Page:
Volume 11, No. 03, Month SEPTEMBER, Year 2018, Pages 117 - 132

Effect of fertilizer type on cyanide, manganese, and arsenic phytoremediation in tailings from gold mining

Rewadee Srinuykong, and Pantawat Sampanpanish

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This study investigated the effects of using chemical and organic fertilizer on arsenic (As), manganese (Mn), and cyanide (CN) absorption in tailings from a gold-mining tailing storage facility (TSF) by growing plants in a nursery. The experimental sets were prepared and classified into two sets: the first set used 15-15-15 chemical fertilizer, and the second set used organic fertilizer (manure). Two groups of plants were grown; the first group was comprised of monocot species, which were V. nemoralis and B. bambos, and the second group was comprised of dicot species, which were A. mangium and L. leucocephala. Plants and tailing samples were collected every 30 days during the six-month experiment. Growth was examined, and the absorption and accumulated amounts of As, Mn, and CN in the plant parts were analyzed. The findings showed that the accumulated amounts of As, Mn, and CN decreased when the experimental period increased. The accumulated amounts of As, Mn, and CN in the parts of experimental plants at 180 days indicated that V. nemoralis and A. mangium fertilized with chemical fertilizer (mass balance calculation) had higher rates of As, Mn, and CN absorption than those in the sets fertilized with organic fertilizer. V. nemoralis accumulated the most As and Mn in the underground part (roots), with values of 7.07 and 17.03 mg/kg, respectively, and absorbed the most CN in the aboveground part (shoots and leaves), with a value of 6.43 mg/kg. A. mangium absorbed the most As and Mn in leaves, with values of 5.64 and 40.51 mg/kg, respectively, and absorbed the most CN in shoots, with a value of 0.24 mg/kg. Therefore, it could be concluded that A. mangium (dicot species) and V. nemoralis (monocot species) had a high ability and potential to absorb toxicity or reduce the accumulated amounts of heavy metal. Furthermore, A. mangium and V. nemoralis would be suitable for application per relevant guidelines to solve the problem of As, Mn, and CN contaminated soil in other regions.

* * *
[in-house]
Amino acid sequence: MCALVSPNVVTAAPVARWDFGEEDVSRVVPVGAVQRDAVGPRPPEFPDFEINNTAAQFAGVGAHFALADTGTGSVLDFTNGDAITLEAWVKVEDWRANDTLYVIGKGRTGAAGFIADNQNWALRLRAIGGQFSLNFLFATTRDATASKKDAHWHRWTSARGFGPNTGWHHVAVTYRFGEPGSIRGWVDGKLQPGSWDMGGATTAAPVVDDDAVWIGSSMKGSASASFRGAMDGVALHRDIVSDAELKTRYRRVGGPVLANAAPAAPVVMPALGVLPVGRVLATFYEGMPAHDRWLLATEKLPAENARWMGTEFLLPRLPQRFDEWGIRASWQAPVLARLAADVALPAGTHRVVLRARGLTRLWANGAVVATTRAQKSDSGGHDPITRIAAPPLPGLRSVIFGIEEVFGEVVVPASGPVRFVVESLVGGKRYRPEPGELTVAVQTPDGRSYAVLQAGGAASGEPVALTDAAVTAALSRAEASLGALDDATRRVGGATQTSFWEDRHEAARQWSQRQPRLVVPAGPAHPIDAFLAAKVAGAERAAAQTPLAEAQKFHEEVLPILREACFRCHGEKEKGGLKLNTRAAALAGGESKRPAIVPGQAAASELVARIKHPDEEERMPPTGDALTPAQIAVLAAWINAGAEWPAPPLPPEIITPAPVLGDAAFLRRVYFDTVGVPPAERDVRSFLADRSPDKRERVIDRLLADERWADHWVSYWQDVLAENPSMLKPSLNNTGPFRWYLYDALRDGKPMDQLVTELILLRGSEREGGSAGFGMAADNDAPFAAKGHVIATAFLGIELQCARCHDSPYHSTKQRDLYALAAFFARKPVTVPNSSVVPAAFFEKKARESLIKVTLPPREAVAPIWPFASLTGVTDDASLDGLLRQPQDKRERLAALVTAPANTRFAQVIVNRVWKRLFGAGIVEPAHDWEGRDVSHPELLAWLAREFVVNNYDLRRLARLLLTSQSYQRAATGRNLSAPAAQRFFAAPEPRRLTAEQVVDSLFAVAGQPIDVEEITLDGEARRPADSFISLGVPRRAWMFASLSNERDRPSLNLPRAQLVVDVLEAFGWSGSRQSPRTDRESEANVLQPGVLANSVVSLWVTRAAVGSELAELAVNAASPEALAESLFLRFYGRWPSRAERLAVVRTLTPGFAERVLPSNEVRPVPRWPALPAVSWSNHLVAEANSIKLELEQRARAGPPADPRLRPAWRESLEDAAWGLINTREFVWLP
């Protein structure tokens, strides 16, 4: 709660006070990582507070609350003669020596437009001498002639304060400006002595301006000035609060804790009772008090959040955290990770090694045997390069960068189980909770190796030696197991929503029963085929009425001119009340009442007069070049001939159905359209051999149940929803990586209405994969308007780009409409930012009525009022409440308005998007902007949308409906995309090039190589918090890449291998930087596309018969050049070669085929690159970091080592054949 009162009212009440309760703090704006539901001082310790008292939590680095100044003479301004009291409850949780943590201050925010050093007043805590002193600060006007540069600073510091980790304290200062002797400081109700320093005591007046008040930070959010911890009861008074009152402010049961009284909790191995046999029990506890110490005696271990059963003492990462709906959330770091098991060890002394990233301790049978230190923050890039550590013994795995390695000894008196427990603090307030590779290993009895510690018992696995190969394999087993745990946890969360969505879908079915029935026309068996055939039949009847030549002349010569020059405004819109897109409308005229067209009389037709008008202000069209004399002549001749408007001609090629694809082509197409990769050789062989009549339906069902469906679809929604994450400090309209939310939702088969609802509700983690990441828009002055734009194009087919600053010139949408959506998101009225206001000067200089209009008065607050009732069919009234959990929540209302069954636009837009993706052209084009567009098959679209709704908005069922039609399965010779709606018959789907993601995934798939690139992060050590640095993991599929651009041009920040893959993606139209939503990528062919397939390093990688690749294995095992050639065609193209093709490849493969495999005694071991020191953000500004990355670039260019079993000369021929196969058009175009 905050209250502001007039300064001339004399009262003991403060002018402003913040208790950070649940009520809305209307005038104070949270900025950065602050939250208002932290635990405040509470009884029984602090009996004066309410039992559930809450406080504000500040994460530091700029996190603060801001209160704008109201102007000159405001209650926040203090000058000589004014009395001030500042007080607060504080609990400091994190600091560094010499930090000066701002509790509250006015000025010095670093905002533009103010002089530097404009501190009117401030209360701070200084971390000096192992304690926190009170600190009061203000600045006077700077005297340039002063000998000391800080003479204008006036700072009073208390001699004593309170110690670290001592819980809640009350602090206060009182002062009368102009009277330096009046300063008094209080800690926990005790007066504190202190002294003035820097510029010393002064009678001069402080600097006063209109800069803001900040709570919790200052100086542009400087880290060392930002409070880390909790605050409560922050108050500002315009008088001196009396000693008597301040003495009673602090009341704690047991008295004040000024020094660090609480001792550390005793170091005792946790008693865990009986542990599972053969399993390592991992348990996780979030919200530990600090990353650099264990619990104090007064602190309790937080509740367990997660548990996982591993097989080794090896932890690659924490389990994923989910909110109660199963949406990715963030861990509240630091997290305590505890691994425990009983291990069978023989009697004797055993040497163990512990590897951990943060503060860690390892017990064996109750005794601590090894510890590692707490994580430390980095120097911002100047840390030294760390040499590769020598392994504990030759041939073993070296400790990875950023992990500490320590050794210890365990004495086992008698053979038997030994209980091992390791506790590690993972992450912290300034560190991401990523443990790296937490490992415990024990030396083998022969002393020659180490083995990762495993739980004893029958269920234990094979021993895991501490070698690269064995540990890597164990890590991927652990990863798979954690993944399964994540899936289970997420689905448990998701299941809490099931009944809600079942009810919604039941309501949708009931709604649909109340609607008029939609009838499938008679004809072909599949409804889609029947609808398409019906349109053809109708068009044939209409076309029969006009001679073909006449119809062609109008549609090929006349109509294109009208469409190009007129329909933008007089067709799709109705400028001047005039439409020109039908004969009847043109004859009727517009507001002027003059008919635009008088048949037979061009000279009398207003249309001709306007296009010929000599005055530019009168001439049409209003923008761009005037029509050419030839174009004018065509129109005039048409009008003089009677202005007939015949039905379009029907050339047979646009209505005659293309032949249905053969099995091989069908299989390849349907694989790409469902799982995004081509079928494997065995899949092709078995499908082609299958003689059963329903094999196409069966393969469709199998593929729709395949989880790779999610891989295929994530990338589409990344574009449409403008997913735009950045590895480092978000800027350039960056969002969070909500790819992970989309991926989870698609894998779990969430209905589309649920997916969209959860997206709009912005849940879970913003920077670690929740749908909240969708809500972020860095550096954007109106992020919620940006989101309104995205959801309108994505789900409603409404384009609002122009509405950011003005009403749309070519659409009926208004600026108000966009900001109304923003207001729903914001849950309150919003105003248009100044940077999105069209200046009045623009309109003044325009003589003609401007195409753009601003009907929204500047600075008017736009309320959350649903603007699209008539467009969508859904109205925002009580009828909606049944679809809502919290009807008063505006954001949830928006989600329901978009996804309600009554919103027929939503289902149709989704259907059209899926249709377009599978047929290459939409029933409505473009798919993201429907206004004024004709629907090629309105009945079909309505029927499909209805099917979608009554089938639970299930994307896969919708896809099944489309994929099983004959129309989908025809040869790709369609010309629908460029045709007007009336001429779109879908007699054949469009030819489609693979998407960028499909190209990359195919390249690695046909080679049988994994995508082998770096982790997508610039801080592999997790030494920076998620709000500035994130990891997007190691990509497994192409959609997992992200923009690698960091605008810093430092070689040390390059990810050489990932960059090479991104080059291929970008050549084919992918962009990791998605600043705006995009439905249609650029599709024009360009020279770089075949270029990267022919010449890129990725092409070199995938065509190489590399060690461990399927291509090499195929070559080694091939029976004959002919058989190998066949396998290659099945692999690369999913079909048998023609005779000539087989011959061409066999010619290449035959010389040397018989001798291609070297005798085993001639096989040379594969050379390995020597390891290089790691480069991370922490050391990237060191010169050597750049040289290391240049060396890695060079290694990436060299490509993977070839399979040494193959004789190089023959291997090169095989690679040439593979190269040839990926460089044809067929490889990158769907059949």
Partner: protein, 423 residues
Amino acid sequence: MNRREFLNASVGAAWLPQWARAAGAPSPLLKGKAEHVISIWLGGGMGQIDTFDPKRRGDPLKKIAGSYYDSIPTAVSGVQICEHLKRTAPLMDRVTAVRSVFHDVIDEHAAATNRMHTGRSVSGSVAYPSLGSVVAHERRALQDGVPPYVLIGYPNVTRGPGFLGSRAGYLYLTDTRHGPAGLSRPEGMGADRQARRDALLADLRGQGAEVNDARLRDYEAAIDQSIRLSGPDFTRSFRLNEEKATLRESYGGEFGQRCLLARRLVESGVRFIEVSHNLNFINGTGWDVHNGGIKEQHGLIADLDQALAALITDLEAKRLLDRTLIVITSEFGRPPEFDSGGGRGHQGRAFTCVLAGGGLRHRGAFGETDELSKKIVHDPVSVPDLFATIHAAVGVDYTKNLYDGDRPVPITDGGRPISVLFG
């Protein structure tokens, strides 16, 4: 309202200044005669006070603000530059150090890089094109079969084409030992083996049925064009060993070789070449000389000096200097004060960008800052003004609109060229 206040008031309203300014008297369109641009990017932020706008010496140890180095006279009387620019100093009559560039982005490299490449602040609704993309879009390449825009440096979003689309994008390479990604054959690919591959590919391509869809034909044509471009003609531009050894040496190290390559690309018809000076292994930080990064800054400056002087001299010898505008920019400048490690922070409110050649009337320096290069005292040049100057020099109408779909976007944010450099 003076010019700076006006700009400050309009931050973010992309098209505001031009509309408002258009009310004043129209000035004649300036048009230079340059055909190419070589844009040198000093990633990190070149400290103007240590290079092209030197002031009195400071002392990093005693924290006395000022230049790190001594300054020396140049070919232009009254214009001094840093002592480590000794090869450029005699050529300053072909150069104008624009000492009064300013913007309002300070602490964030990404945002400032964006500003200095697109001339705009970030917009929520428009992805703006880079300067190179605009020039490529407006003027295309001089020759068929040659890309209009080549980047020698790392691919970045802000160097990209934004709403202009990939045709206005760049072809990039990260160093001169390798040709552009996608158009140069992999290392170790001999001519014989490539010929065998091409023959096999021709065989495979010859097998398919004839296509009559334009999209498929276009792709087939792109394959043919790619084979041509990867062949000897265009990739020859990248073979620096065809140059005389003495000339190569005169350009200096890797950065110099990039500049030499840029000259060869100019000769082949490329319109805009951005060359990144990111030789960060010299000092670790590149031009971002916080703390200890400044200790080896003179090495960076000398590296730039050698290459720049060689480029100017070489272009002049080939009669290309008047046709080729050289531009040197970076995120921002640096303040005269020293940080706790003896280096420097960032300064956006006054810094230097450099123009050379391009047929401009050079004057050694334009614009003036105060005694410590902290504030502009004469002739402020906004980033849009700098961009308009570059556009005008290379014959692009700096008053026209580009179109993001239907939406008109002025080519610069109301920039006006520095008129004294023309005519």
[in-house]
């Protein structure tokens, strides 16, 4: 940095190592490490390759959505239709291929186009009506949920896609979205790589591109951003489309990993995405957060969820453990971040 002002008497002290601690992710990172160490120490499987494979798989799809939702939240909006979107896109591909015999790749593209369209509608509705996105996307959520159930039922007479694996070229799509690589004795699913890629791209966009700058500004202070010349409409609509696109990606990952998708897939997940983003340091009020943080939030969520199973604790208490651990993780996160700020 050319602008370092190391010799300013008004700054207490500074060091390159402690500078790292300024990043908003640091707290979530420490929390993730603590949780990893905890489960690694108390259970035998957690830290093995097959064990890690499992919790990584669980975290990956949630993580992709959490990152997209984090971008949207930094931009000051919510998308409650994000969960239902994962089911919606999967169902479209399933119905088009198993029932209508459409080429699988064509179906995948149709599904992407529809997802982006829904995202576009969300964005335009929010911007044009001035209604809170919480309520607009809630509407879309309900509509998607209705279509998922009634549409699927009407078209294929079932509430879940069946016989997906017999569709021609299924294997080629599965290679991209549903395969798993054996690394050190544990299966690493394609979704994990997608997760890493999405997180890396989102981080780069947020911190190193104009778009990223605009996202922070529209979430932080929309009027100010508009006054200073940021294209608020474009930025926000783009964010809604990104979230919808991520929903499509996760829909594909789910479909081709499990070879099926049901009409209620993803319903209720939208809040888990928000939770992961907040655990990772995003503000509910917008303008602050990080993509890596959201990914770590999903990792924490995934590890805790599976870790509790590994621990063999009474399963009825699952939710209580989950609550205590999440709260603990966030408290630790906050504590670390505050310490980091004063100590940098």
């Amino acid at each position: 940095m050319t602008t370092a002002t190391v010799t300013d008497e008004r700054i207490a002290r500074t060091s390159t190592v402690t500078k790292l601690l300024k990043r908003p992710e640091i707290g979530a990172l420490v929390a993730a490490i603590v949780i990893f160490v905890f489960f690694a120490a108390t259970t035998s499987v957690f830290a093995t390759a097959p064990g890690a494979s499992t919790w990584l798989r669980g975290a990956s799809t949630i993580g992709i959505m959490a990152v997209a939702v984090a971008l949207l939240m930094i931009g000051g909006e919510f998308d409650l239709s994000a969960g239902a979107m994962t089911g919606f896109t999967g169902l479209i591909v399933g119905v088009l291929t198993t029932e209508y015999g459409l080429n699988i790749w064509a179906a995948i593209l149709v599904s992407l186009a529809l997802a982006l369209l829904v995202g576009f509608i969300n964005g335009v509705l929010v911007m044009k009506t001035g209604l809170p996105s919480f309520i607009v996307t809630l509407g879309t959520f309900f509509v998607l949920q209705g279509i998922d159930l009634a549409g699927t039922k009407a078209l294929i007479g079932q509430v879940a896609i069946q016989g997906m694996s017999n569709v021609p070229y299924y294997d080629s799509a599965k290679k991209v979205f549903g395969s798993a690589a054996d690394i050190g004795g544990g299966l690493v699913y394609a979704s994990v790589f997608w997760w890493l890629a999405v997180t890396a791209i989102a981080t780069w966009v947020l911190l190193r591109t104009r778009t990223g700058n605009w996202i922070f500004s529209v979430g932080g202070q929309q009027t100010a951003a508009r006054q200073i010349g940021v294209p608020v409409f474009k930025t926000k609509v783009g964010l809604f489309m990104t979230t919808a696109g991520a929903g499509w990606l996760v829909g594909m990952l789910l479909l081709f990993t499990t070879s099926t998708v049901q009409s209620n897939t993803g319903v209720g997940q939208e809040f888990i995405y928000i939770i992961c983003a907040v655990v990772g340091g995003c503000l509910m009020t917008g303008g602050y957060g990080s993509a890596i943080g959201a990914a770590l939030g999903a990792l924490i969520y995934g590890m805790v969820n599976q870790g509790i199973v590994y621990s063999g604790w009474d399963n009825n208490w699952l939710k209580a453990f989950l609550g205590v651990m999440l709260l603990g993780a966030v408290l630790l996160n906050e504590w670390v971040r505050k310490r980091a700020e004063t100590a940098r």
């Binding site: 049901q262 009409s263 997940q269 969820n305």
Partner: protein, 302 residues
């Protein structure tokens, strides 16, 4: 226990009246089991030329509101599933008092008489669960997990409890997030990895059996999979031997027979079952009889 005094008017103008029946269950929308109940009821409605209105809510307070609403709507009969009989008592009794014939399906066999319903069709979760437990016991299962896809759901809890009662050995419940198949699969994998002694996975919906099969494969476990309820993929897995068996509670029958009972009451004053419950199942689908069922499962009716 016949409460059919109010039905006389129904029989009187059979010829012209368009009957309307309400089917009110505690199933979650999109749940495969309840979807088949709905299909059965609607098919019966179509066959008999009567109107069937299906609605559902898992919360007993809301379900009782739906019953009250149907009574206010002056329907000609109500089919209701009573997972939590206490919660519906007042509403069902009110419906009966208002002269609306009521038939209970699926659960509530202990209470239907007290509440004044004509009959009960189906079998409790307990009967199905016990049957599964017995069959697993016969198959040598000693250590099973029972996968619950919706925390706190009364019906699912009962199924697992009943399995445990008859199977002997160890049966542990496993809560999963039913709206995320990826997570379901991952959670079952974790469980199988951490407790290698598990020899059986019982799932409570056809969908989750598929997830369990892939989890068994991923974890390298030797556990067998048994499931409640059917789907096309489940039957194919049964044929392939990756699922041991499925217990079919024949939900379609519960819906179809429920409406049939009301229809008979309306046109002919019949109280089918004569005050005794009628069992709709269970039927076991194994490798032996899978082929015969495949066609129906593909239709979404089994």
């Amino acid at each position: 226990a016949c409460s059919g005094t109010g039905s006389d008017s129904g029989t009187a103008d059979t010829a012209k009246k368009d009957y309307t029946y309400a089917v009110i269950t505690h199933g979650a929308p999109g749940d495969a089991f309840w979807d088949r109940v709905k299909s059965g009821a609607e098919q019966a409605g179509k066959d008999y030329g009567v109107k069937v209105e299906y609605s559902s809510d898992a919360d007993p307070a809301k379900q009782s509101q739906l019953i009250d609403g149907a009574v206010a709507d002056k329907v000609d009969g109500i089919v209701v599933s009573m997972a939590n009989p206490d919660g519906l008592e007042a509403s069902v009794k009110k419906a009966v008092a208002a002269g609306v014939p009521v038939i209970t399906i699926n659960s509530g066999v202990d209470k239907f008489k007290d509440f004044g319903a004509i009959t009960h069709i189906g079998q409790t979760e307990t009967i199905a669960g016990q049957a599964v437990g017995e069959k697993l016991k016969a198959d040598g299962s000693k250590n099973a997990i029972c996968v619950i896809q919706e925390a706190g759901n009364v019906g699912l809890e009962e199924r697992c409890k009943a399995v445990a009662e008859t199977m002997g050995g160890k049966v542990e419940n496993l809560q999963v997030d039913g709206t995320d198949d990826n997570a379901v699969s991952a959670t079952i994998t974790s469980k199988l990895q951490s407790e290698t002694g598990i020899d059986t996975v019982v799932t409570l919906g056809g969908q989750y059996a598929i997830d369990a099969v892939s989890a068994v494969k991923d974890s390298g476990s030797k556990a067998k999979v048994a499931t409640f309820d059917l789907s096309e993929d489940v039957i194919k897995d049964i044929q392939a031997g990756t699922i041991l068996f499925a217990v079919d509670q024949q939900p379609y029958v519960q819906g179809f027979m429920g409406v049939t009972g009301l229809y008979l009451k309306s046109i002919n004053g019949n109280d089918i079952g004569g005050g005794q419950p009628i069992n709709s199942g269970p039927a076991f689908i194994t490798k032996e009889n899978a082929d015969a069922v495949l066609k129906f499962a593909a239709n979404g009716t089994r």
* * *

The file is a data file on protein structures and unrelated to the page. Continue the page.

Fertilizer; Cyanide; Phytoremediation; Tailing; Gold mining


Published by : Thai Society of Higher Education Institutes on Environment
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